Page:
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WSJ Resists Entropy, Finds Faith


Retreating, to the breath
Of the night-wind, down the vast edges drear
And naked shingles of the world.

Depressed are you? For those who care about writing and reporting, is it too late? When tabloids are the model of proper reporting, are we doomed? The “fake news”, crudity, silliness, and ignorance that have overwhelmed the quality press may seem to be unstoppable forces of nature.

Yet, there are signs that all is not lost. There are some reporters whose work gives voice to what Dylan Thomas wrote:

And you, my father, there on the sad height,
Curse, bless, me now with your fierce tears, I pray.
Do not go gentle into that good night.
Rage, rage against the dying of the light.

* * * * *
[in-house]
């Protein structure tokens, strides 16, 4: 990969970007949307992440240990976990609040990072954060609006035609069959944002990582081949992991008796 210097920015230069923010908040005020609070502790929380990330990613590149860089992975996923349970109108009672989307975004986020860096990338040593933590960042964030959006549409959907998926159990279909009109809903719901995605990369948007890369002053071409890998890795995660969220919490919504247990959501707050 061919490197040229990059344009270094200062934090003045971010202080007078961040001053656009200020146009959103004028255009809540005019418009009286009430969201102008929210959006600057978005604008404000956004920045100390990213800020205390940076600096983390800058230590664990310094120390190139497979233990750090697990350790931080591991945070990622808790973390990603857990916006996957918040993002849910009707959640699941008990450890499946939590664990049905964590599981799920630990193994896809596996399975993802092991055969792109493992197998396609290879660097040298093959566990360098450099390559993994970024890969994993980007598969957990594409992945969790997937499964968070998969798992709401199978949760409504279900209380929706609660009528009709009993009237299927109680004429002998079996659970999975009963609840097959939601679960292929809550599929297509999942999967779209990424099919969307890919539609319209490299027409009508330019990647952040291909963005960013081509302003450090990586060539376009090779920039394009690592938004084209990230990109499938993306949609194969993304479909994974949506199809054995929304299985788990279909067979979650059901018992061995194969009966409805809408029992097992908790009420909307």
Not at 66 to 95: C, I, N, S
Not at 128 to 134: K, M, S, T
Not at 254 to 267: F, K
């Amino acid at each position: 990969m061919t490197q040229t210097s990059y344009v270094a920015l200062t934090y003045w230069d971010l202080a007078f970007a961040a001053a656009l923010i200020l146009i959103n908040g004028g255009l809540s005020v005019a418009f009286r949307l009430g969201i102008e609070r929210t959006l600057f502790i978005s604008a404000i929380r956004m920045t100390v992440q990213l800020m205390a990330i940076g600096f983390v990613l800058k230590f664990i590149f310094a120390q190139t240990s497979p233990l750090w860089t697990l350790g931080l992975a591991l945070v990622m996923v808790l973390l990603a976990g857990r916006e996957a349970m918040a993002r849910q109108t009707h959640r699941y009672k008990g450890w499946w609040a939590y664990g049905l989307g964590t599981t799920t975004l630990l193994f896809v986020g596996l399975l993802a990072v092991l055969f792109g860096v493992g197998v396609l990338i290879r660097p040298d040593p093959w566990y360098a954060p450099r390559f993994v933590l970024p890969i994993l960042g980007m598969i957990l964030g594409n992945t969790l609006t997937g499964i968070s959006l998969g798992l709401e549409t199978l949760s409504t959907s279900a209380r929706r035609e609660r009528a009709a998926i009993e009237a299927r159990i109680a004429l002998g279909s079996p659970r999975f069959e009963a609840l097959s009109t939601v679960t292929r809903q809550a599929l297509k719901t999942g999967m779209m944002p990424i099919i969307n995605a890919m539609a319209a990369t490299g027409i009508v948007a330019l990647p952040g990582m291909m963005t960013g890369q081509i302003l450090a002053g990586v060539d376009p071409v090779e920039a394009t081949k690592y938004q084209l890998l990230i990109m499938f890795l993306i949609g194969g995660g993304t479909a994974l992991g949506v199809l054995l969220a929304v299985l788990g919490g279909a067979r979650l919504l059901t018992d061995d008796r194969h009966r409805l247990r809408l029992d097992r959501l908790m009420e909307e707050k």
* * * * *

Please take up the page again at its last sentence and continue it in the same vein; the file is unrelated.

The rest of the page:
One of the best pieces of writing I have seen in the newspapers lately was in holiday weekend edition of the Wall Street Journal. It featured an article on the front page of its "Review" section looking at "a burgeoning movement among traditional Christians" to create "their own small communities."

The article by Ian Lovett entitled “Wary of Modern Society, Some Christians Choose a Life Apart” examines the community that has arisen round the Benedictines at Clear Creek Abbey in Oklahoma.

There is much to recommend in this article. The author’s use of language is clean, precise yet also lyric. There is an intelligence behind the words that speaks to a wide reading. Simply put, the author knows what he is talking about. It begins:

"When the first few monks arrived in Hulbert, Okla., in 1999, there wasn't much around but tough soil, a creek and an old cabin where they slept as they began to build a Benedictine monastery in the Ozark foothills. Dozens of families from California, Texas and Kansas have since followed, drawn by the abbey's traditional Latin Mass -- conducted as it was more than 1,000 years ago -- and by the desire to live in one of the few communities in the U.S. composed almost exclusively of traditional Catholics."

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